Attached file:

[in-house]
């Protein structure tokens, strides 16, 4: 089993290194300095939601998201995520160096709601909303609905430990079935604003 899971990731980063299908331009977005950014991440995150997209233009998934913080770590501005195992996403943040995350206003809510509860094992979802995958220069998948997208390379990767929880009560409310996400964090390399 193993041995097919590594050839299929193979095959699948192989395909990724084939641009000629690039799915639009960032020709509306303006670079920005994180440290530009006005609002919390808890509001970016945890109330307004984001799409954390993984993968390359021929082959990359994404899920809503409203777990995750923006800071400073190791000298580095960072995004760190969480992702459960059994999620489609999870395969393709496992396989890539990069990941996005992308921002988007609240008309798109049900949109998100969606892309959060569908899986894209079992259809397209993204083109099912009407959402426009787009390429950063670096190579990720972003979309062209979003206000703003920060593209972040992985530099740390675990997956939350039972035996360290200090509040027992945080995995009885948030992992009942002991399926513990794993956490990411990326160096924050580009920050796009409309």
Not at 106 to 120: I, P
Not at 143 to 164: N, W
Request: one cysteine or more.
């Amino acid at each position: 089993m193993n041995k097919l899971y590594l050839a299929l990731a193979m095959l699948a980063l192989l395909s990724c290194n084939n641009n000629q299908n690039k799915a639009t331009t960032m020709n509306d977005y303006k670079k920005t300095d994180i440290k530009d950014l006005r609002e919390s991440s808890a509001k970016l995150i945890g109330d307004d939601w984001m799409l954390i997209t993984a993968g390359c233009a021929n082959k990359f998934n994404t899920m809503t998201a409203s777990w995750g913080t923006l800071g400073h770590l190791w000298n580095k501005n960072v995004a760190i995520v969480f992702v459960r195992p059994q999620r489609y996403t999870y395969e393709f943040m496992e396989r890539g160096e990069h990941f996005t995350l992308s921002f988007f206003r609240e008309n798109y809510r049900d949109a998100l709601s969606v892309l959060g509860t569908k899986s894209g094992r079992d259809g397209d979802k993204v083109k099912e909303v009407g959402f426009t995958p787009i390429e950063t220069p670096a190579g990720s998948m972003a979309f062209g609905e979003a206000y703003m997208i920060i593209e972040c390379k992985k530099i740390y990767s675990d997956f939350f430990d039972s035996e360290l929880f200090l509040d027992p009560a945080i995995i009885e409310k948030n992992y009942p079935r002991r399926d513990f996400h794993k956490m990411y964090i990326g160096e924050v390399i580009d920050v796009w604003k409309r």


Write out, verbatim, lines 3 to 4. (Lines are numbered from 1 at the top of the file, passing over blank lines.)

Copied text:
Not at 106 to 120: I, P
Not at 143 to 164: N, W